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Fall into Healthy Sleep Habits

 

The fall season is here and what better time to snuggle up on the couch with a warm blanket and warm cider while enjoying the changing leaves outside? The chillier weather can also bring about a sleep-altering season. Read on to discover ways to sleep better during the fall months.

couple walking during autumn

Prepare for the End of Daylight Savings Time

In November, Daylight Savings Time ends, which sleep physicians see as a possible conflict between your body’s circadian rhythms and the expectations of society.

“The time change is kind of a society-imposed jet lag,” said Nathaniel Watson, MD, Co-Director of the HMC Sleep Disorders Center at the University of Washington. “Your circadian rhythms will cause you to want to go to bed earlier and wake up earlier than your external environment,” said Dr. Watson.

Ease yourself into the transition by going to sleep and waking 10-15 minutes later each day in the week prior to the end of Daylight Savings Time to help your body adjust. You may also try melatonin supplements to help shift the timing of your sleep. Be sure to also get a dose of sunlight in the morning or try light therapy. Both help your body sync with the new sleep schedule.

Read more: Food & Supplements That Help You Sleep Better.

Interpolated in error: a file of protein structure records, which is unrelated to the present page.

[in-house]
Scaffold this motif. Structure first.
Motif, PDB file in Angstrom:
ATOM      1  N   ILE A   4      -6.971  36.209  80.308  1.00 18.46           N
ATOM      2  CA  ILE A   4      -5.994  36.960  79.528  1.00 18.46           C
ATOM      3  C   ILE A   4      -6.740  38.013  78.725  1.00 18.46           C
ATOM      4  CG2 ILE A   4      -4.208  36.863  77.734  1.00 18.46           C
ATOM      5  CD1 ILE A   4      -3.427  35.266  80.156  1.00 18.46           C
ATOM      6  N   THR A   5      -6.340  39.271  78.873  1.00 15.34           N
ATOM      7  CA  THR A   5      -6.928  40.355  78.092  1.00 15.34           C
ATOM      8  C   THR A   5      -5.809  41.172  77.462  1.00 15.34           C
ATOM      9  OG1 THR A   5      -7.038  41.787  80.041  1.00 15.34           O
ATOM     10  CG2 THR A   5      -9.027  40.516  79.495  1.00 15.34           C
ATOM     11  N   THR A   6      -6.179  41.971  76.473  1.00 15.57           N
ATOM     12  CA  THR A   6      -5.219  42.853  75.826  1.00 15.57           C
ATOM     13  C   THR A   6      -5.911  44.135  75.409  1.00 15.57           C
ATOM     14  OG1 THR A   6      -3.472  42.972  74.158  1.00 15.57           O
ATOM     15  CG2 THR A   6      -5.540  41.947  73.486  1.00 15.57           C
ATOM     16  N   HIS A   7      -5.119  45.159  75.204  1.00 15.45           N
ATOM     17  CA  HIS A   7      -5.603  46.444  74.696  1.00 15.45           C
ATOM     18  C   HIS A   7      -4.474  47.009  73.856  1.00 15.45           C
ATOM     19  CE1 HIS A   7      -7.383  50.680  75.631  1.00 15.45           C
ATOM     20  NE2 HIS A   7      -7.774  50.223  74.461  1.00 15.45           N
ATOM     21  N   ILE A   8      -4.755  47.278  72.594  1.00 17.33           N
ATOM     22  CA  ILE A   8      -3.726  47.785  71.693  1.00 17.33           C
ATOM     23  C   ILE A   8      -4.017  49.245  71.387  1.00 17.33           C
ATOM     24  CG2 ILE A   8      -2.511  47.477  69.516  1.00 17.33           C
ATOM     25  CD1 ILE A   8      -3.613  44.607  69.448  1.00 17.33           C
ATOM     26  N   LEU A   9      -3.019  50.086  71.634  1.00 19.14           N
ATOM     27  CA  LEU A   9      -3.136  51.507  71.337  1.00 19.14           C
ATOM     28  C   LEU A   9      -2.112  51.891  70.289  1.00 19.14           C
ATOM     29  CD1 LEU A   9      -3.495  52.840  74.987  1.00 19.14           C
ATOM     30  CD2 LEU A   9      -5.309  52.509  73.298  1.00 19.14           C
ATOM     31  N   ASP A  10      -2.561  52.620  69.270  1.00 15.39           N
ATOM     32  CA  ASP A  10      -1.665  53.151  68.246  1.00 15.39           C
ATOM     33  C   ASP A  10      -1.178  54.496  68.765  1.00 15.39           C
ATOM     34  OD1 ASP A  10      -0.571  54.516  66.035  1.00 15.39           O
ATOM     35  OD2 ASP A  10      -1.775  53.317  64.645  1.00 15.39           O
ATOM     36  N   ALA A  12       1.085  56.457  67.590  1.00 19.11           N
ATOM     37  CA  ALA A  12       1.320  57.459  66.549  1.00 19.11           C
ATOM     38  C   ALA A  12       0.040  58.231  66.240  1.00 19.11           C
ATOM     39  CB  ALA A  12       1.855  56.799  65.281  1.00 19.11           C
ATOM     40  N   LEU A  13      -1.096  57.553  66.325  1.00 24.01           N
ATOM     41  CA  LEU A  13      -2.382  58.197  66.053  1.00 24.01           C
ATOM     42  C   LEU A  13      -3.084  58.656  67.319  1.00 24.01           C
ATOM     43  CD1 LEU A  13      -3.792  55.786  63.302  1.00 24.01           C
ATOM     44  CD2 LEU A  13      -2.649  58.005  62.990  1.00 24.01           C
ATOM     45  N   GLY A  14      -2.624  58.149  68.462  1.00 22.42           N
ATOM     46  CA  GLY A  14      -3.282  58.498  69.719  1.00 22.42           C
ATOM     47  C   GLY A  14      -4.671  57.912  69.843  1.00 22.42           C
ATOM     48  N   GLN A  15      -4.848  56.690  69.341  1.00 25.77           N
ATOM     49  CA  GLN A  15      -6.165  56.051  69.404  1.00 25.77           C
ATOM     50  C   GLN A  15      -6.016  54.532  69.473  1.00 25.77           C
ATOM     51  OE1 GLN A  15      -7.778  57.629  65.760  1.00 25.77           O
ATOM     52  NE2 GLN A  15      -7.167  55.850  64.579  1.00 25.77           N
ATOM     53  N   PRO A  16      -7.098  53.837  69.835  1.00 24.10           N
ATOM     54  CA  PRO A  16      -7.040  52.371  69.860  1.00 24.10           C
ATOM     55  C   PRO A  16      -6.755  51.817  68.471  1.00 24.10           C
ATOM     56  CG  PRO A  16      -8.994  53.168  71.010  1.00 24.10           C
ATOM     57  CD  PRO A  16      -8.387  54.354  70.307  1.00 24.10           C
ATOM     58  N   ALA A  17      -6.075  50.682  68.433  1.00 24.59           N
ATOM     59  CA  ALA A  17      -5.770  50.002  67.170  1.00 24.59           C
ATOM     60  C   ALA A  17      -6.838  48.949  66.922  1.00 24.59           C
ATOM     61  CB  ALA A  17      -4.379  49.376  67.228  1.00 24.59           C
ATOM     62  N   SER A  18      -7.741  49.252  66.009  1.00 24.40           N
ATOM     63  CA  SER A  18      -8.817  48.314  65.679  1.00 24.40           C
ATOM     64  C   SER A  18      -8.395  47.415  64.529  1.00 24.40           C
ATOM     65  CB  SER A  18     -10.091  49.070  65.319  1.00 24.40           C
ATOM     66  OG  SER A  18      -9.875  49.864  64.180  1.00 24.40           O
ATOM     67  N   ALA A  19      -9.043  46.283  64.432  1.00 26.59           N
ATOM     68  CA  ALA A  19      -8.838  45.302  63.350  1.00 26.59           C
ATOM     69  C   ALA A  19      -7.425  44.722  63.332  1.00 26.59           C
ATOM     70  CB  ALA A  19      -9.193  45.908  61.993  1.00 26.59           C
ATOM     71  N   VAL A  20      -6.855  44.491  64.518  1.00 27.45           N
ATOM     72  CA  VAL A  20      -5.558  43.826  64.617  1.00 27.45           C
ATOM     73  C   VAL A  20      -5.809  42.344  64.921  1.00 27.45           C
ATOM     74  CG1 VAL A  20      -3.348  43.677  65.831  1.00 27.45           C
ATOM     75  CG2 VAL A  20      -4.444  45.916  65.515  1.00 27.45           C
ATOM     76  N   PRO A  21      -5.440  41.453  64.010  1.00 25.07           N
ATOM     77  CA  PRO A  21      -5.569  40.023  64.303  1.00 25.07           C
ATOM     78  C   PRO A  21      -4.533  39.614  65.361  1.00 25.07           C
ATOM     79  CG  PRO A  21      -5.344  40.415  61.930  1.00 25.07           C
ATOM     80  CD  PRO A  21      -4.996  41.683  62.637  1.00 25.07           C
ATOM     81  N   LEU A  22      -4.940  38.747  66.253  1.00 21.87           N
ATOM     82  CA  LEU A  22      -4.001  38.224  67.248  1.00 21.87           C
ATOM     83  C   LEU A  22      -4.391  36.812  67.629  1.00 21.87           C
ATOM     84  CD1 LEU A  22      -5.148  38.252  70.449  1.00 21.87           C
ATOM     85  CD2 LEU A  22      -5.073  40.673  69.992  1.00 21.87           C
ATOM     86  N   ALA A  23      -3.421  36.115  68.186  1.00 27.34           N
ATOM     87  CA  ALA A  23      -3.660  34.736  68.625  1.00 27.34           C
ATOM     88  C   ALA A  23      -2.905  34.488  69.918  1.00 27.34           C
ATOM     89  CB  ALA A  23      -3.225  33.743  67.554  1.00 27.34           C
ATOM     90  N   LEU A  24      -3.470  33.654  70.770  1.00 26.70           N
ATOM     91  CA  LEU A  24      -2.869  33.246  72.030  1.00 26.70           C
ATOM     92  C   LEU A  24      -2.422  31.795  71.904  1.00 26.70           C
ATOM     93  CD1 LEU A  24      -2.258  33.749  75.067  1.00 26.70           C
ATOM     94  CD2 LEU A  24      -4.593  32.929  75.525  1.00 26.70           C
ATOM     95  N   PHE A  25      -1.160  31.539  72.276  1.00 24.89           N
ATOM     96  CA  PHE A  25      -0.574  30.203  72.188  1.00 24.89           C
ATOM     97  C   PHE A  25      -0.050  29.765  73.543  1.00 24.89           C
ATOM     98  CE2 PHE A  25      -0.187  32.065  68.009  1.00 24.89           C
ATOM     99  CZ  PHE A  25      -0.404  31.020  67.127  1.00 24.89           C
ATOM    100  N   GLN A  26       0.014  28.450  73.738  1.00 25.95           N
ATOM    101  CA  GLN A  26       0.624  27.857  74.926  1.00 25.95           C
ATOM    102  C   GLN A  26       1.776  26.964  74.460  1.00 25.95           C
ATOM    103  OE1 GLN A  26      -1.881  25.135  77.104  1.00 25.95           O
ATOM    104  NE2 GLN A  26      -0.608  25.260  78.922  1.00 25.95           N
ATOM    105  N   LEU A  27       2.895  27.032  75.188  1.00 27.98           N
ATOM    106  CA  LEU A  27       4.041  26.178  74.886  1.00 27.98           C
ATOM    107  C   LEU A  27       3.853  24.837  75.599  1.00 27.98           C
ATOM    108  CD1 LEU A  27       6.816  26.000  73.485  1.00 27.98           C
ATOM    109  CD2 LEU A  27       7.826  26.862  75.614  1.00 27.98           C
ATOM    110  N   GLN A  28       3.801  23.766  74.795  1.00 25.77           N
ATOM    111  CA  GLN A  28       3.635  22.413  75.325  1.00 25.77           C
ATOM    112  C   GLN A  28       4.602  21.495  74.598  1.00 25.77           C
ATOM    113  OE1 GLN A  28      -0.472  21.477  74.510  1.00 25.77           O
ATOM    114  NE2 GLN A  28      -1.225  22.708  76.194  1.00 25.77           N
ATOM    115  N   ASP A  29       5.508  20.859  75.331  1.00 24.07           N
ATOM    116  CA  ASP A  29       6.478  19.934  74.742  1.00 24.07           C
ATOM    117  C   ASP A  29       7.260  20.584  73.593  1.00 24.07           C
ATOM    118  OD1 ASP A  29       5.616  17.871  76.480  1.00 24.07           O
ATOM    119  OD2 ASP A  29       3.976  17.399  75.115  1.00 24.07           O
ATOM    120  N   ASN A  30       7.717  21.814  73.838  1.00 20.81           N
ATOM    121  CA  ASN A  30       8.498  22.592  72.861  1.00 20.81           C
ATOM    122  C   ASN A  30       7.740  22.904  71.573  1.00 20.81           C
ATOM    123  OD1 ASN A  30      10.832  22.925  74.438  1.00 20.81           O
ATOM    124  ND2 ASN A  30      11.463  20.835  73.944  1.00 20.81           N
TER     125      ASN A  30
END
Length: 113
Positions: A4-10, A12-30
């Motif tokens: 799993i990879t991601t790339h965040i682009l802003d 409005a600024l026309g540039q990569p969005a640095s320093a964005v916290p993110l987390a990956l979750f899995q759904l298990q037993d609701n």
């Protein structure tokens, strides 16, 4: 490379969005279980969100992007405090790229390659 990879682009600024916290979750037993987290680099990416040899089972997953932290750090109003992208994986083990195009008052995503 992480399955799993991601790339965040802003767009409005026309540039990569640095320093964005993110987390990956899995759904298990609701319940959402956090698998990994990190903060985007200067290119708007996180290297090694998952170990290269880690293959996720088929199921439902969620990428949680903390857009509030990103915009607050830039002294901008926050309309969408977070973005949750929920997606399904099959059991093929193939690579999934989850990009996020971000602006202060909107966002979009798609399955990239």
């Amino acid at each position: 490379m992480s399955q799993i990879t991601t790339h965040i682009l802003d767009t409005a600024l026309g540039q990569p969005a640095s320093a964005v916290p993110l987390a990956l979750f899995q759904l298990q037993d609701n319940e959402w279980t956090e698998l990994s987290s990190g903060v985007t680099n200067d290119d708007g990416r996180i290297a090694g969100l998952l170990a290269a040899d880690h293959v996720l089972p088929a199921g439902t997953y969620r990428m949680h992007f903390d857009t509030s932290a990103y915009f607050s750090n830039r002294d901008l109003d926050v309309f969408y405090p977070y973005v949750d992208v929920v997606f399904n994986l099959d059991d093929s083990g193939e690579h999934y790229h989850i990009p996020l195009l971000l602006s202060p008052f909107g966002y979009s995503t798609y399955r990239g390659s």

Resist the Urge to Turn Up the Heat

Most people struggle to sleep in warm rooms, which is why summer can be a tough season to get a good’s night of sleep. Fall kick-starts cooler temperatures, which can help you to get a good night’s rest. Turn down the temperature at night, especially while also switching out the thin summer linens for thicker blankets and down comforters. It's hard to not have seasonal nostalgia for a warm bed in a cool season! Nothing is better on a Friday night than a warm comforter, hot chocolate, and snuggling with your partner.

Keep reading: How to Sleep Better During the Winter.

Enjoy a Heartier Diet, But Not Too Close to Bedtime

With the arrival of the fall season comes heartier meals. Potatoes, squash, pumpkin and root vegetables are healthy, but denser. Typically, heavier meals and more carbohydrate-dense food packed together in one meal, mean that you nod off faster, but beware! Digestion is just harder when you are horizontal! You run the risk of having your sleep disrupted by acid reflux and heartburn. Try to put several hours between your last meal and going to bed.

Make a Plan to Stay Active Indoors

Most people find themselves spending more time indoors during the cooler months. Lack of movement can make the body more tired due to less oxygen and blood flow pumping through the body. Keep your energy up by staying active with such activities as walking, taking outdoor hikes, and yoga. These can all help to transition the body from the summer to fall.

 

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